Wal-Mart and the "Deflation Pulse"

The price performance of Wal-Mart's stock relative to the S&P 500 may be confirming what chief investment strategist Michael A.Gayed calls a "deflationary pulse."

Here's an excerpt from Gayed's August 1, Marketwatch article:

Historically, when inflation expectations are falling, what I like to call a "deflation pulse," risk assets tend to have a difficult time advancing. Bear markets and corrections, for the most part, are defined by deflationary/liquidity scares, while reflation (or at least the hope of it) tends to define gradual uptrends for stocks. Clearly this has not been the case in the post-quantitative-easing (QE3) world, given that inflation-sensitive assets never really outperformed despite continued bond buying by the Federal Reserve.

Having said that, we are all living in the small sample, and historical relationships appear to be reasserting themselves. While 2014 thus far looks and feels like 2013 for the S&P 500, nearly all other areas of the investable landscape are acting very differently. A casual look at where long-duration Treasury yields are proves that. Utilities, which our equity sector ATAC Beta Rotation Fund has been trading around this year, remain fairly resilient, once again at complete odds with the narrative about cyclical economic growth picking up.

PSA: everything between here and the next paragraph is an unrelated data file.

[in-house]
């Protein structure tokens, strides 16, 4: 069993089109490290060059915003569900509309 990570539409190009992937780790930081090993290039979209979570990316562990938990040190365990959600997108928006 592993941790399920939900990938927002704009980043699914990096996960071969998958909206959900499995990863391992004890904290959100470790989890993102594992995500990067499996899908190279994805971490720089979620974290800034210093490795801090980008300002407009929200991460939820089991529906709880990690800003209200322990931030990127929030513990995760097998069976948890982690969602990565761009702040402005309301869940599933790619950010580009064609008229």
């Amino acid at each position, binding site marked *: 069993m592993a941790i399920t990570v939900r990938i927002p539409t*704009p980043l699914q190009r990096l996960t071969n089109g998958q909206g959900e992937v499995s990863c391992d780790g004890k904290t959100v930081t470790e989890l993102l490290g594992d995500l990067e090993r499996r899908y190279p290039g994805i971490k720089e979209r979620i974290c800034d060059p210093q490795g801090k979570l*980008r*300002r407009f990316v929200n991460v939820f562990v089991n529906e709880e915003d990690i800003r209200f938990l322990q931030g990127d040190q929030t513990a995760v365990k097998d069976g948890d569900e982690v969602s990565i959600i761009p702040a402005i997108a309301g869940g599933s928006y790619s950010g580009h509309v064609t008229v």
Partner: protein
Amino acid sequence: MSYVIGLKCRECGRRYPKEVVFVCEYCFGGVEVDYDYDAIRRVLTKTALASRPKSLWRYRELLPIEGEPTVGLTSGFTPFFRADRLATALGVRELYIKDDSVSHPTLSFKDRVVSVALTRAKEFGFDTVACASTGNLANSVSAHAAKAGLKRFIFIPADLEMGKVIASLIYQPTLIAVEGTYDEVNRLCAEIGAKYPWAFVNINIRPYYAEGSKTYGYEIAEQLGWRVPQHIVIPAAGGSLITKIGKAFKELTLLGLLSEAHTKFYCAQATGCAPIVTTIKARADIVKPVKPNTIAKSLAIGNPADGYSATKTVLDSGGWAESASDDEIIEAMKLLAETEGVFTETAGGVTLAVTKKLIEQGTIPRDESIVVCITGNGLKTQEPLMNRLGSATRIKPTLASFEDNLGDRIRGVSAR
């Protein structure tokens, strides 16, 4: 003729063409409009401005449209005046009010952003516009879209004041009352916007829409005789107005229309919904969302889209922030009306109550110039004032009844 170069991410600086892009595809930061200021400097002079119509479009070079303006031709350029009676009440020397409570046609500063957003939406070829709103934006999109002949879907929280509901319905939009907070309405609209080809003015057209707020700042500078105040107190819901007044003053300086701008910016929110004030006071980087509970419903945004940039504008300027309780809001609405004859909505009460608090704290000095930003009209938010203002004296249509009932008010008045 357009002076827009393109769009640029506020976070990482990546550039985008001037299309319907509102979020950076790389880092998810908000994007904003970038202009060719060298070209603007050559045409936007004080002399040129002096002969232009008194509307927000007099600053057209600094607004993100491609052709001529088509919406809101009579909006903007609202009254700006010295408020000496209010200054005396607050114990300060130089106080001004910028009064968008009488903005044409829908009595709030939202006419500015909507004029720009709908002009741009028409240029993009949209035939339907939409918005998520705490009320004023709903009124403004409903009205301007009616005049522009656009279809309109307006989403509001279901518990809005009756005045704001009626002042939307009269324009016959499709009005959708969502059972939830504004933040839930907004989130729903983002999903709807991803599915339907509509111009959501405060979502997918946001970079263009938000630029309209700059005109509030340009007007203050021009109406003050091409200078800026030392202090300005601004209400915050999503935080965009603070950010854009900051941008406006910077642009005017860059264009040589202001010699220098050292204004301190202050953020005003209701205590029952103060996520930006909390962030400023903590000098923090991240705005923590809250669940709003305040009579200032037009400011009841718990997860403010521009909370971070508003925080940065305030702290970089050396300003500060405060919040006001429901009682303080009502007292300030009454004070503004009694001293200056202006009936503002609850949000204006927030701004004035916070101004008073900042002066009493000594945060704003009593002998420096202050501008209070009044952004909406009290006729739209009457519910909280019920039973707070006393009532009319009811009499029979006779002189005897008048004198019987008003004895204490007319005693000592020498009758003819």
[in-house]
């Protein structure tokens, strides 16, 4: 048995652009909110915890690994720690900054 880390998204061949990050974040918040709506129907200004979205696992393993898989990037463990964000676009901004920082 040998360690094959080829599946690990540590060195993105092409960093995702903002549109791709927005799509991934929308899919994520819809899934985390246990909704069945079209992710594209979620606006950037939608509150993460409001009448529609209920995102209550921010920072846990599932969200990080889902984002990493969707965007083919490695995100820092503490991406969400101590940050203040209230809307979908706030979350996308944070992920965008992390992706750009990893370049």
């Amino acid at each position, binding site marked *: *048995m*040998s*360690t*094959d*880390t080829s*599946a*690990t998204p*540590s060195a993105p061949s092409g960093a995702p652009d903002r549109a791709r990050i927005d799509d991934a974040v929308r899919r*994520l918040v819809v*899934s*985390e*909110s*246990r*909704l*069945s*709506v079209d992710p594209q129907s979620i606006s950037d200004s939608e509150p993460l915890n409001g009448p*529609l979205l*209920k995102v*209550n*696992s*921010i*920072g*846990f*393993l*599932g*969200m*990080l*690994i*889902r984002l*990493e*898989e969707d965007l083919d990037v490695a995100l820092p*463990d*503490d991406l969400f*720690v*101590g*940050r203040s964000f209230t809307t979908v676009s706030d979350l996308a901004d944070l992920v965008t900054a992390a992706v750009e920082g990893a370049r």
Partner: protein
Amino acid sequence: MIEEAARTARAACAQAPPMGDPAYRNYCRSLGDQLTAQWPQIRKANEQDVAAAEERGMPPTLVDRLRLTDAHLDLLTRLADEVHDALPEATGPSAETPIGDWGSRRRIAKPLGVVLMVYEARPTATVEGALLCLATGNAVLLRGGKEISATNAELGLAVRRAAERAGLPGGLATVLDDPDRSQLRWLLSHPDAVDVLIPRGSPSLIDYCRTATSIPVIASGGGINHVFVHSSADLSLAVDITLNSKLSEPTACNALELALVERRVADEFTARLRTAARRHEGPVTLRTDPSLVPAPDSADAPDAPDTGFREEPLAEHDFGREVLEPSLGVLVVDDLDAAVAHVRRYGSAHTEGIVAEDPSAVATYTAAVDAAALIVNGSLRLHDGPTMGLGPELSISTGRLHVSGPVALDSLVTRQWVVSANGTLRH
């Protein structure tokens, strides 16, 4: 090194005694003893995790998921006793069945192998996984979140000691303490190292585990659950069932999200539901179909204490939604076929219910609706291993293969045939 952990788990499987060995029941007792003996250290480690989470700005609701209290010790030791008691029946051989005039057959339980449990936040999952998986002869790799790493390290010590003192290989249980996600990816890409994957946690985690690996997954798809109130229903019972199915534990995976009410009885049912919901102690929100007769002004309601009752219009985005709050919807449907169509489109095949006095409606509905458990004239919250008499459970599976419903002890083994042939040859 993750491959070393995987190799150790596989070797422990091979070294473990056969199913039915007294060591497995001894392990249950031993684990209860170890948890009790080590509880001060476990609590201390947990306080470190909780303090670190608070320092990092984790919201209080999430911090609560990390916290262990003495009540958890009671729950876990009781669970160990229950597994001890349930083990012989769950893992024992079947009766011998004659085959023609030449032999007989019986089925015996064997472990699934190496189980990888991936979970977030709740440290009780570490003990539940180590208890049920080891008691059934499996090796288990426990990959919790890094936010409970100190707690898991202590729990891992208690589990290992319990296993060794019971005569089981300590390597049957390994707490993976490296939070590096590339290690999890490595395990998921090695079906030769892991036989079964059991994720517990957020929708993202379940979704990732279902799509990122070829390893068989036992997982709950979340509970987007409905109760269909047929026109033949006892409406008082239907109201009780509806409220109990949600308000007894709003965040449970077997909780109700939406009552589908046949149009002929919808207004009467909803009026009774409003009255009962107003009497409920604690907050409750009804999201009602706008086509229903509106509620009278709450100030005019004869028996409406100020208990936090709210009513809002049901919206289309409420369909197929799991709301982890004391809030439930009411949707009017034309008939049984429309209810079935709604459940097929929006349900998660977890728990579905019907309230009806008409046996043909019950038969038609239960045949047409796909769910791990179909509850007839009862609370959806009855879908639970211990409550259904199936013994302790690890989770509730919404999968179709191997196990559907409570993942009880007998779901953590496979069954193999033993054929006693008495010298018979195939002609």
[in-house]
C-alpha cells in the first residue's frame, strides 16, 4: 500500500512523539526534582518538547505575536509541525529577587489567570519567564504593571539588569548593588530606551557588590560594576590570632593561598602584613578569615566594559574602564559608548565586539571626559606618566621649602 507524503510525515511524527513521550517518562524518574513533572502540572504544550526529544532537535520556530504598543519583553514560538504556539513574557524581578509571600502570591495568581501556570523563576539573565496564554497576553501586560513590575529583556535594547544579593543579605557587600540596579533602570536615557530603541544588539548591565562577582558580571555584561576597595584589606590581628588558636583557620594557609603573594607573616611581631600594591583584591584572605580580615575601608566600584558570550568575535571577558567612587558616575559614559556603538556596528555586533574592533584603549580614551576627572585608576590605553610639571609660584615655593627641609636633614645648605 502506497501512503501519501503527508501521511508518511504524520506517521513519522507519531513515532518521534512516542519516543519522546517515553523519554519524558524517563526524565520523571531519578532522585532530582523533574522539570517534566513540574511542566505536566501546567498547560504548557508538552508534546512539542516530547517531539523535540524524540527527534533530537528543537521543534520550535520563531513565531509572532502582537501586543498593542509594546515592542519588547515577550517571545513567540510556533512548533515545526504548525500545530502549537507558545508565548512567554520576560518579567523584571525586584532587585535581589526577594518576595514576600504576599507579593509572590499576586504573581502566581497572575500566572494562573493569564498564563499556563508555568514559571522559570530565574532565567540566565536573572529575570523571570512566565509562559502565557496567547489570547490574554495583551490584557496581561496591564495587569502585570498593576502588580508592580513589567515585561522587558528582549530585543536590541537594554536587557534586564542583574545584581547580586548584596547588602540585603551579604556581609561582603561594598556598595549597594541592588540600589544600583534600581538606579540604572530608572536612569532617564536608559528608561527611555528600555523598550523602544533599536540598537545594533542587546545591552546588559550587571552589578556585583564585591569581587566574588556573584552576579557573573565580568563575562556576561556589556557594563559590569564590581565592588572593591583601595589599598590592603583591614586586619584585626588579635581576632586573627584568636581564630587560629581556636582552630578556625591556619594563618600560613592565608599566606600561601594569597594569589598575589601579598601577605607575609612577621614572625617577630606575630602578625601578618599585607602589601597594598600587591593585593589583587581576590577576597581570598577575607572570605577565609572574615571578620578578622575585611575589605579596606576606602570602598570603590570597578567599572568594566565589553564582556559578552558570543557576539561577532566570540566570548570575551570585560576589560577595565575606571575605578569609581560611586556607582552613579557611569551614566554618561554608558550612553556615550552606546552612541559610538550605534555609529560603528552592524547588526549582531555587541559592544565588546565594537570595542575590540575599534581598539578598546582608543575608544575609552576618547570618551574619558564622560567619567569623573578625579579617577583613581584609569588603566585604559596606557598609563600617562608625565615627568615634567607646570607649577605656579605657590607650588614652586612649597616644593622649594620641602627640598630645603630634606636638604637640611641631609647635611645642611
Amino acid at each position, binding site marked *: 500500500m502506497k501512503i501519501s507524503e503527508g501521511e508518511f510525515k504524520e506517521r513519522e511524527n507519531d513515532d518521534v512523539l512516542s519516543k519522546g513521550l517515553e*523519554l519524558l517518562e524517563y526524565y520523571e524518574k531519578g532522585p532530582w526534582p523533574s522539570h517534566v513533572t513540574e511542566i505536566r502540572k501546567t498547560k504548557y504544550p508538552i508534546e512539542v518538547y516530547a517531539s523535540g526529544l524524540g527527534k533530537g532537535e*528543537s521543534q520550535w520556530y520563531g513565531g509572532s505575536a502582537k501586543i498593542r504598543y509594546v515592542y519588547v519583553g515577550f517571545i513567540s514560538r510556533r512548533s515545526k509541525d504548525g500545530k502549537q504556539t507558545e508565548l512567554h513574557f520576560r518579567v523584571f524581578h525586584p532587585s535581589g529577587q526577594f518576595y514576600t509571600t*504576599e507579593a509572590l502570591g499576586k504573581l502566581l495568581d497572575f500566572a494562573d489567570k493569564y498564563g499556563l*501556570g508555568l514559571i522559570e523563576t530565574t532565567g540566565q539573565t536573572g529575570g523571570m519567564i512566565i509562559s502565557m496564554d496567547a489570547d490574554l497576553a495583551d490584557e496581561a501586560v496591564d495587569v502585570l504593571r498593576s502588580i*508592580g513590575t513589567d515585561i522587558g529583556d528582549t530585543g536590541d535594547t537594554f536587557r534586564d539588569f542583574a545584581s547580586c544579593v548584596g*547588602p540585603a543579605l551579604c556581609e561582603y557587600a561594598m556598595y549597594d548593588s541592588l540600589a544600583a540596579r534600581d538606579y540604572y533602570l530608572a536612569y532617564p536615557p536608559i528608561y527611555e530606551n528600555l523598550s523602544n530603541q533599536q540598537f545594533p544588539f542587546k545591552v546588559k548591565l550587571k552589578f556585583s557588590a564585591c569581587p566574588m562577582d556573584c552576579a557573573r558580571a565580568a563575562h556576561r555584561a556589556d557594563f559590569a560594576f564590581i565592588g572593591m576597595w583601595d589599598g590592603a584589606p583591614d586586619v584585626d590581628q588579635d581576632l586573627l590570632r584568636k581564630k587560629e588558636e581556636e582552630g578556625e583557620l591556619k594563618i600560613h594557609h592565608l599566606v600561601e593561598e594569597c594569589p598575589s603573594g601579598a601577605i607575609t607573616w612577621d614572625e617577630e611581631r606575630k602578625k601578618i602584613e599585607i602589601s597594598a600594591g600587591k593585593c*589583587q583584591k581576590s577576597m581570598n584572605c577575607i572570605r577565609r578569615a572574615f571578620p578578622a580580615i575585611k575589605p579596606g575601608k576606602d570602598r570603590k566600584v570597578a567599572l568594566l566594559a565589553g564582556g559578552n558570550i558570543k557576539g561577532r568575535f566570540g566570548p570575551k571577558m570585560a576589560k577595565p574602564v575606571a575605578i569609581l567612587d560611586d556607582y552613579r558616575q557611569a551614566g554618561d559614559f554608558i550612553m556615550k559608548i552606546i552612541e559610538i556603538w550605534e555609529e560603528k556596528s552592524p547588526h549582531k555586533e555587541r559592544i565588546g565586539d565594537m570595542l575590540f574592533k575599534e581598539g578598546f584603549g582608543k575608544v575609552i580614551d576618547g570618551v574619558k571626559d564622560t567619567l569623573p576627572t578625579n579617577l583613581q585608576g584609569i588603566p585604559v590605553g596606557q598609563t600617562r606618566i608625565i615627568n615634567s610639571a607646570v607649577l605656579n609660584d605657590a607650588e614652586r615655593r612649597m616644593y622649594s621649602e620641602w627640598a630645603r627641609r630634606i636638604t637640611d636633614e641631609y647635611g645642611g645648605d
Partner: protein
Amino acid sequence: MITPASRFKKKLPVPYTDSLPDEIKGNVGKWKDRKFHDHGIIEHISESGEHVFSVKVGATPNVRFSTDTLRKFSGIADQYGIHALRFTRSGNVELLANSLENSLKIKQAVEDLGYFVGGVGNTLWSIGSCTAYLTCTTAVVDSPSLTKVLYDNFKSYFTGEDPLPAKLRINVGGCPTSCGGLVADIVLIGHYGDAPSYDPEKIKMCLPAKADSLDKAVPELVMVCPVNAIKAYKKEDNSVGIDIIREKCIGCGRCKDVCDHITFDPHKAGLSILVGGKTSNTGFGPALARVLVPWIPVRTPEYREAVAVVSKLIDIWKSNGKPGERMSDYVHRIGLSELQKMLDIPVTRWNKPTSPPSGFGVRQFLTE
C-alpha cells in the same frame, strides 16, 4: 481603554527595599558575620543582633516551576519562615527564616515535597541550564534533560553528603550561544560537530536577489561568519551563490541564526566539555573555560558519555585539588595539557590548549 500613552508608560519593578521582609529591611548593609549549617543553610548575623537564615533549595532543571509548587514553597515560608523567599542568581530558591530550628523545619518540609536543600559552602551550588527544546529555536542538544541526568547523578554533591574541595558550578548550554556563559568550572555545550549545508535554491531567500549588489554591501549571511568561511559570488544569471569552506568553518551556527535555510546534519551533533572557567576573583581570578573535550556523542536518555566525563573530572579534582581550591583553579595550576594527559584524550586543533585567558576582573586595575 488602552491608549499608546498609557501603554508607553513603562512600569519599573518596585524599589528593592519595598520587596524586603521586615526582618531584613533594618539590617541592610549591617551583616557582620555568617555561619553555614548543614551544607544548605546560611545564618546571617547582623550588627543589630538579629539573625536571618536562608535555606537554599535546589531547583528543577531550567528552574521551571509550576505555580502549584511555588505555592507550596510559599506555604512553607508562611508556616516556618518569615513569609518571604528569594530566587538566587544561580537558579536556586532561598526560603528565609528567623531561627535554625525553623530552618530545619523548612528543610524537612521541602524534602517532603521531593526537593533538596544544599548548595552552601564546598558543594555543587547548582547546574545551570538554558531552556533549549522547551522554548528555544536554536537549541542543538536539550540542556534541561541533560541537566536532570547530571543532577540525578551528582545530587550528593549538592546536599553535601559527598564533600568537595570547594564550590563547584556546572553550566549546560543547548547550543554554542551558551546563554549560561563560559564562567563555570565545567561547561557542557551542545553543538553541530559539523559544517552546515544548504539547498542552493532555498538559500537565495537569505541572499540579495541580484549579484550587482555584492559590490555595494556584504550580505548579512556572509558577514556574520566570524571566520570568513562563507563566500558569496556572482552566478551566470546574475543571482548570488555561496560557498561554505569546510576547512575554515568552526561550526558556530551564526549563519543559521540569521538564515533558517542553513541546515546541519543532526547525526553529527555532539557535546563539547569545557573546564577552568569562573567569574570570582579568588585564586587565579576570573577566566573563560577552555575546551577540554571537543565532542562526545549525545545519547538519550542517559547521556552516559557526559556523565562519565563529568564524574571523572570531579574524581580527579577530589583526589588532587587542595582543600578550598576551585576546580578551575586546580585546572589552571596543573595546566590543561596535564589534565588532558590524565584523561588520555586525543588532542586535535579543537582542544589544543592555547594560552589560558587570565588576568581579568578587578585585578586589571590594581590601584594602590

Aside from utilities and Treasuries both acting as if a deflation pulse is lurking for broader equities, Wal-Mart may now be about to confirm.

Gayed presents a chart that shows the price ratio of Wal-Mart relative to the S&P 500 index.

You can read Gayed's comments about the chart and the remainder of the article by following the link below.

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